One of the few metalcore bands that I can truly appreciate (even if I only first checked them out because I’m a science fiction geek), Florida/New York’s Shai Hulud reformed after a several-year hiatus with a new vocalist, a new record label, and this, their third full length record. Gone with the old vocalists are the clumsily worded song titles, although “To Bear The Brunt Of Many Blades” exhibits a shade of the awkward verbosity of the That Within Blood Ill-Tempered days. (As though I have any right to talk…) Also, as near as I can tell, gone are the emo-like lovelorn hardcore tunes from the Hearts Once Nourished era. Thankfully remaining intact from both epochs is the intelligence and anger behind Shai Hulud, that combination of intellect and venomous bite that made their earlier works so potent. Nonetheless, as good as this record may be, there’s a problem: all of Misanthropy Pure sounds exactly the same. Admittedly the bar is higher here than in other metalcore releases, at least in my ears, but nonetheless, this suffers as it becomes just one long track that never varies enough to hold my interest for the entire running time.
Misanthropy Pure blasts out of the gate with the dissonant arpeggios of “Venomspreader,” a one-and-a-half minute microcosm of the whole record, an ever-shifting sea of hardcore riffage, largely and thankfully sparing of the usual cliché pitfalls of metalcore and yet still possessing every positive trait of this most-maligned of sub-genres. There are no clean-vocals save the occasional half-spoken bark, no slow-mo bass-drops, no blatant half-time low-E-chug mosh parts to get the X-on-hand kids moving. The riffs are mostly jagged and angular, jam packed with spindly guitar lines, and offset with the occasional chunky chords. For the most part, the songs are devoid of any traditional structure, but instead seem to follow their own muse in various directions, with some repeated hooks but little in the way of the standard radio-ready “ABABCB” format. Shai Hulud’sbrand of metalcore has always been more challenging, more advanced, and for lack of a better word, more mature than the mall-kid metalcore that gives the sub-genre it’s generally bad name, and I certainly appreciate that, in both senses of that verb. (By that I mean both “to respect” and “to be thankful for.”)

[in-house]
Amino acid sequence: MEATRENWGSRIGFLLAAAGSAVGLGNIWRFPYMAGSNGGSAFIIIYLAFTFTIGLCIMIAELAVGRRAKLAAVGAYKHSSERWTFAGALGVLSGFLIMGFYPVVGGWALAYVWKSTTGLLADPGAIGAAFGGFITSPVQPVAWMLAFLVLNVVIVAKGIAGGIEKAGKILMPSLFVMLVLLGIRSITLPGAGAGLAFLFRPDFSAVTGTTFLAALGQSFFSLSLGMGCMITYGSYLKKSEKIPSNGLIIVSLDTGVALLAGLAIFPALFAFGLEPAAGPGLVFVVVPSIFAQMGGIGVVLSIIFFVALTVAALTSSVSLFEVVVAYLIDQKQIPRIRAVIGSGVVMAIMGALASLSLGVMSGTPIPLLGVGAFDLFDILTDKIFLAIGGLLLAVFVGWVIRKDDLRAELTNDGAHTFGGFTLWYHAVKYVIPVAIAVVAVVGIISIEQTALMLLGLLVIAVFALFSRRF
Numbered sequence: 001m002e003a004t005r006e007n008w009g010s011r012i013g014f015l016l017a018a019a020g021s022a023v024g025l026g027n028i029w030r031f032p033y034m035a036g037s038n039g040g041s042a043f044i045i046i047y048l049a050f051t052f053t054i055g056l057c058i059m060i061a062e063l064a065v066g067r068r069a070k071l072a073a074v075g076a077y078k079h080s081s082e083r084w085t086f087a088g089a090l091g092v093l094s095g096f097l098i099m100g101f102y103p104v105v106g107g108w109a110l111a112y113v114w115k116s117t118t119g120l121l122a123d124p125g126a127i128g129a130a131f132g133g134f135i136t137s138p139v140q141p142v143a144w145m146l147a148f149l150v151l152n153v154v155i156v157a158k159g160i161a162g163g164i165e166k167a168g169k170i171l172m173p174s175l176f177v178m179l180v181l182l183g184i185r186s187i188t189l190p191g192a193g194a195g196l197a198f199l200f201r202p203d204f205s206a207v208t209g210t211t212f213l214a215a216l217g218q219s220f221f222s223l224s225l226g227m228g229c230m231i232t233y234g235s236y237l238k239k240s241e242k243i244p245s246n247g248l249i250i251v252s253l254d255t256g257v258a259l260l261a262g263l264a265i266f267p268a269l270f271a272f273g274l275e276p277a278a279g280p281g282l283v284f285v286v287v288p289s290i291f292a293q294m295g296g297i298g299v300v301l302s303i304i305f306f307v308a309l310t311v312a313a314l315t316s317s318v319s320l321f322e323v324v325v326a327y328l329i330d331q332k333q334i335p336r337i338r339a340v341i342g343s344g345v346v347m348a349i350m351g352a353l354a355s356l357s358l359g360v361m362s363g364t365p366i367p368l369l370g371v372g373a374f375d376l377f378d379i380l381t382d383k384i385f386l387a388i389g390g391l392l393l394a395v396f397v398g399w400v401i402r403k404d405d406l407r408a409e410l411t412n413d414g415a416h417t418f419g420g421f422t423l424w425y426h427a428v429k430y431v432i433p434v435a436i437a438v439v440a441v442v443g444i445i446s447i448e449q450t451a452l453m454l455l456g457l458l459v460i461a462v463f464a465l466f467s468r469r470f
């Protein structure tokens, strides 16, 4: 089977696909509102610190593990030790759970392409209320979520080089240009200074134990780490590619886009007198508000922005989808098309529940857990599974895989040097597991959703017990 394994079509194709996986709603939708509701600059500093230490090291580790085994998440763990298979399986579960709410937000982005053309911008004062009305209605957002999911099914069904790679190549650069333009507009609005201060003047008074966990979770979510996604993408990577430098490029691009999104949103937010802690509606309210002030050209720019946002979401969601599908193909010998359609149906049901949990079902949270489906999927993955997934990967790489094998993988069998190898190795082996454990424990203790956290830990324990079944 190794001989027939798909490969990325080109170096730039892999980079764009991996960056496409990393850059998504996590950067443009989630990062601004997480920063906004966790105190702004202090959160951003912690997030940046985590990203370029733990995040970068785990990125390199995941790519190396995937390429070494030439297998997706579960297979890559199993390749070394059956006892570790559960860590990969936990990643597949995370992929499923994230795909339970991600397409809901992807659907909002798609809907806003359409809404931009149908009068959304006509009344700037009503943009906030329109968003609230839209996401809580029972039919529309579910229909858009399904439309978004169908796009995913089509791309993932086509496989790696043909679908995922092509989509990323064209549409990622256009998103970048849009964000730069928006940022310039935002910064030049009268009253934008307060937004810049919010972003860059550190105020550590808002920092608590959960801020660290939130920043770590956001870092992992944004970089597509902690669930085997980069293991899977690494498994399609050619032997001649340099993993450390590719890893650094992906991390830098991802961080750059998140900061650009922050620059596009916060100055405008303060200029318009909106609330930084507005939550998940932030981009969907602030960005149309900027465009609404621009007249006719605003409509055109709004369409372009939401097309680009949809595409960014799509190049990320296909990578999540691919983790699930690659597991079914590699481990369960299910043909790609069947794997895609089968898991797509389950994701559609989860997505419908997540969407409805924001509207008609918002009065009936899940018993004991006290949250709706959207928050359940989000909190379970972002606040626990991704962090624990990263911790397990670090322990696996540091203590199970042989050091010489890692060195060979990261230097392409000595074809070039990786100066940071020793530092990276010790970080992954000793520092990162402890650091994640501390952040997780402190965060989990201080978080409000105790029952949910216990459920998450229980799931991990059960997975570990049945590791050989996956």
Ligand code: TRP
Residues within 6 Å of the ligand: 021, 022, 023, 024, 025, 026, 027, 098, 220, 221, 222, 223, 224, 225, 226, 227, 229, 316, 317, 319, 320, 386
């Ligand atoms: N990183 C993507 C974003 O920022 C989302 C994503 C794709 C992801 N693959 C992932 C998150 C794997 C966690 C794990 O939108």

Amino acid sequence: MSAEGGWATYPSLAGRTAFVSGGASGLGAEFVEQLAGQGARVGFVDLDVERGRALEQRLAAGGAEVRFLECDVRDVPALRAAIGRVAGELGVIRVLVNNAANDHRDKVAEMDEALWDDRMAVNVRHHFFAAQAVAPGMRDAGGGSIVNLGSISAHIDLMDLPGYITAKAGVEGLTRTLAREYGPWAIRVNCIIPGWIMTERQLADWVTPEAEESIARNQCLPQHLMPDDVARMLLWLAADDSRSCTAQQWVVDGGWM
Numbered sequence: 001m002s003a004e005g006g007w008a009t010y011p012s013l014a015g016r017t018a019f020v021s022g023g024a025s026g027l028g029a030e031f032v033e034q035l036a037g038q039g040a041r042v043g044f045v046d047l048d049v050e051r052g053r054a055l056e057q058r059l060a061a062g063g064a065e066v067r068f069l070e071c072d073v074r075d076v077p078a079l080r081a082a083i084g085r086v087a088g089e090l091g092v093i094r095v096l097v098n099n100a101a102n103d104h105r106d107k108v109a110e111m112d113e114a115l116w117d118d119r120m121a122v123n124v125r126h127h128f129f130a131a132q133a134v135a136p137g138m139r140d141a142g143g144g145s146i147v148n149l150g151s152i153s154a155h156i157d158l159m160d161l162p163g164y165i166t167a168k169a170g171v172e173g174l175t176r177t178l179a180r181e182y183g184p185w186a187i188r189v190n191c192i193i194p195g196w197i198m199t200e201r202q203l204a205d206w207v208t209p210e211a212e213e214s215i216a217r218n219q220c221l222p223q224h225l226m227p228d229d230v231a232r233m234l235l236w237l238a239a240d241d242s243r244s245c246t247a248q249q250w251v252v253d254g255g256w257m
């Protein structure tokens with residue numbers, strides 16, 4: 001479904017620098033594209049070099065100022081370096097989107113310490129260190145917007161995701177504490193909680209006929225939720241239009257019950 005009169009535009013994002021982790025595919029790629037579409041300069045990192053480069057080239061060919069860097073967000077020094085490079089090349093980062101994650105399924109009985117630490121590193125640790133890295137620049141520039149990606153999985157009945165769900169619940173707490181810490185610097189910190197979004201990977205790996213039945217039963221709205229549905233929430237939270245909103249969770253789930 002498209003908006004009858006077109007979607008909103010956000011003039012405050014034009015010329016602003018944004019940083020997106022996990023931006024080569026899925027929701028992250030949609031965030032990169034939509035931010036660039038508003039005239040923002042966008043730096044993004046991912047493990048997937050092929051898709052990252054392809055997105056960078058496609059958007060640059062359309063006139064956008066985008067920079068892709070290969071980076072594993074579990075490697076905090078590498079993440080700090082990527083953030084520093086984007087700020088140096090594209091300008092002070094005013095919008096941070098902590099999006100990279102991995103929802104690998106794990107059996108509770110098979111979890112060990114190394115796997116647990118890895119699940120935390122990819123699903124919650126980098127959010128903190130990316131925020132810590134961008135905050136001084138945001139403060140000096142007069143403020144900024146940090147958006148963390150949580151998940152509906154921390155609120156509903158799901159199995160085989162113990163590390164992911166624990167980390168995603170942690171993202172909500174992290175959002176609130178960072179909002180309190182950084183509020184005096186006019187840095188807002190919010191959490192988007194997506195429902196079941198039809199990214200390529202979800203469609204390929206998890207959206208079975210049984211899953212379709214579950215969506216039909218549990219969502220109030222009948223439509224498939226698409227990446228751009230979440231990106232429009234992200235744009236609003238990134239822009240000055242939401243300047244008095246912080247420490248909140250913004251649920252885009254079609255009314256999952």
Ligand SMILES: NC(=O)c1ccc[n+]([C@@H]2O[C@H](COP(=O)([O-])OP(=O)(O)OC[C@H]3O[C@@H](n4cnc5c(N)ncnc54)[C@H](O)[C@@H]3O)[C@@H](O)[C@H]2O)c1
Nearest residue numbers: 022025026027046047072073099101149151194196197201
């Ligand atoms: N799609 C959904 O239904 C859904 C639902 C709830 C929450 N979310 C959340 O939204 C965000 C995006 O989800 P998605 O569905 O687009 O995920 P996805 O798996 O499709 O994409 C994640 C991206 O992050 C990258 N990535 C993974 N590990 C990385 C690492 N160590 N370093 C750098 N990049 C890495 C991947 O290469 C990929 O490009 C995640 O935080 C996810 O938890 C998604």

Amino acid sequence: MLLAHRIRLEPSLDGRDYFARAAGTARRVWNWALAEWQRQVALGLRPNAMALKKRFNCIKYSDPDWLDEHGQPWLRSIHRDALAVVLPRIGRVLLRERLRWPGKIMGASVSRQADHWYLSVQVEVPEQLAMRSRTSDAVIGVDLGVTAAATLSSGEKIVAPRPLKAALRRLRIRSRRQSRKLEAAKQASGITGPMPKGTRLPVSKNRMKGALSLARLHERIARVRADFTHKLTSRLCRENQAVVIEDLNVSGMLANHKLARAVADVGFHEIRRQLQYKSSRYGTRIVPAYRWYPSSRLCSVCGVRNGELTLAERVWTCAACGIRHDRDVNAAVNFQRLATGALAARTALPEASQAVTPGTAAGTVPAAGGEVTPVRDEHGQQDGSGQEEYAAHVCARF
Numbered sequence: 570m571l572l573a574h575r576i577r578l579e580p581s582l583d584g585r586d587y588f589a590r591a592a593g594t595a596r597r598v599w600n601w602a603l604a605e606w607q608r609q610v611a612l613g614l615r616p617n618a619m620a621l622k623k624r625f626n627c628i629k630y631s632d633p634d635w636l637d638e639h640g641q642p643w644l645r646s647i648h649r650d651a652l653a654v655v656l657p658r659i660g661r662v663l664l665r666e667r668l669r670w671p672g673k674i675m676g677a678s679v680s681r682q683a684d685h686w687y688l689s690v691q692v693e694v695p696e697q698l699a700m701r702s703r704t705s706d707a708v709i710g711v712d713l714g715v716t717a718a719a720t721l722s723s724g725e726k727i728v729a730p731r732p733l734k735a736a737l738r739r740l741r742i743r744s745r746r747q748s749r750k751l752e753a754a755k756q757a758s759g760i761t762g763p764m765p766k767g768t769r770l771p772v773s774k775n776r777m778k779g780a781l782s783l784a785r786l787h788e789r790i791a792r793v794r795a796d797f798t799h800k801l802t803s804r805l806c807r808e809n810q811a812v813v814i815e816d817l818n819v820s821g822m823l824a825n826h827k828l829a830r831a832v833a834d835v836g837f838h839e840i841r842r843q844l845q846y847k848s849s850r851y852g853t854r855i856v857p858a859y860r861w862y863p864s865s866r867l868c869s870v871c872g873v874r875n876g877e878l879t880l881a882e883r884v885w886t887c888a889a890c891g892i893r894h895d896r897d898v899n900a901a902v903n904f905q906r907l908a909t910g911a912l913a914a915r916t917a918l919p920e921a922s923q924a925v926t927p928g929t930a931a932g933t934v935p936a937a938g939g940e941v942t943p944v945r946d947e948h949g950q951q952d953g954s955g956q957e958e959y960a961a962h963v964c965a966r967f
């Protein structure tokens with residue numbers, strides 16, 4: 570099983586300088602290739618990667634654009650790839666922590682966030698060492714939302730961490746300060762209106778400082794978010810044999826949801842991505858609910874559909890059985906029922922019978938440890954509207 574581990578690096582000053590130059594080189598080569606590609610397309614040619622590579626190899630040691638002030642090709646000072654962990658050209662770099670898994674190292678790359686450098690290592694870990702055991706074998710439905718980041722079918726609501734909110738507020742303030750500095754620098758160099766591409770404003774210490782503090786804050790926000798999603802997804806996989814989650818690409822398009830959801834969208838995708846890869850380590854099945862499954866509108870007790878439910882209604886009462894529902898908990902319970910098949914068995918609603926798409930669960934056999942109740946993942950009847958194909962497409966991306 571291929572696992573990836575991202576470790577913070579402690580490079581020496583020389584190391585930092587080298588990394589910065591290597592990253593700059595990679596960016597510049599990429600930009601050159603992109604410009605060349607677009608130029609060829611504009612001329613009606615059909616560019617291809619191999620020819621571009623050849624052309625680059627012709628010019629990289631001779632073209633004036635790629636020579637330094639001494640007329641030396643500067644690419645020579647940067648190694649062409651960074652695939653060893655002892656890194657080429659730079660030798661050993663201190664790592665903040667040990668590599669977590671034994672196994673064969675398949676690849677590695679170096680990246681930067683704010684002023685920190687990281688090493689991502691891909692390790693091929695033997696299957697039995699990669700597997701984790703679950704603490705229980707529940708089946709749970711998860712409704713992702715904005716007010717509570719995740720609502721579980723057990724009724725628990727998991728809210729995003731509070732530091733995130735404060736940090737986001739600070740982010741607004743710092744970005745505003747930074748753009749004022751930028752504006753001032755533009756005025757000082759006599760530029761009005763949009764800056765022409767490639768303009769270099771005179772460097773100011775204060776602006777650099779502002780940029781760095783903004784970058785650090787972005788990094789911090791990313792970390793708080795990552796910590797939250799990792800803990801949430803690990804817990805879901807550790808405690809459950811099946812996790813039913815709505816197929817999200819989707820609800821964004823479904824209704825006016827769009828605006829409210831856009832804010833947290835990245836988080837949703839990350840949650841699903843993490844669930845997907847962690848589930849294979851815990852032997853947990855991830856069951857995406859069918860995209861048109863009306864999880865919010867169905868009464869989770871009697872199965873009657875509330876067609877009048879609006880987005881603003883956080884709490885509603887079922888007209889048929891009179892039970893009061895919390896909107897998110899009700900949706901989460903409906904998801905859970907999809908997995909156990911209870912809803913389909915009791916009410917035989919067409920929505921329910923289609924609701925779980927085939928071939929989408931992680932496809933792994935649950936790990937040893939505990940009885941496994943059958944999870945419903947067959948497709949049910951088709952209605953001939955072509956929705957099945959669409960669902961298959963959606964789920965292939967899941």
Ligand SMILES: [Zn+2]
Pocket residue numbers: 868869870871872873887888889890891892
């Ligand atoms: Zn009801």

That said, as good as I find this band’s work to be, Misanthropy Pure is the least interesting of the three Shai Hulud records I own. Since the guitars never seem to repeat themselves and the vocals never seem to vary, somewhere between the two, between the lack of a definite musical verse / chorus hook to grab onto and the lack of a distinctly changing vocal approach, this record satisfies in the short term, but fails to transcend. After a few listens, only a few moments stuck with me, like the “You ruined creation!” bit on “The Creation Ruin” or the “A rising of iconoclasts!” from “Chorus Of The Dissimilar.” At the end of the day, this is an above-average release from a typically well-above-average band, and with that in mind, I’m happy but still a little less than blown away.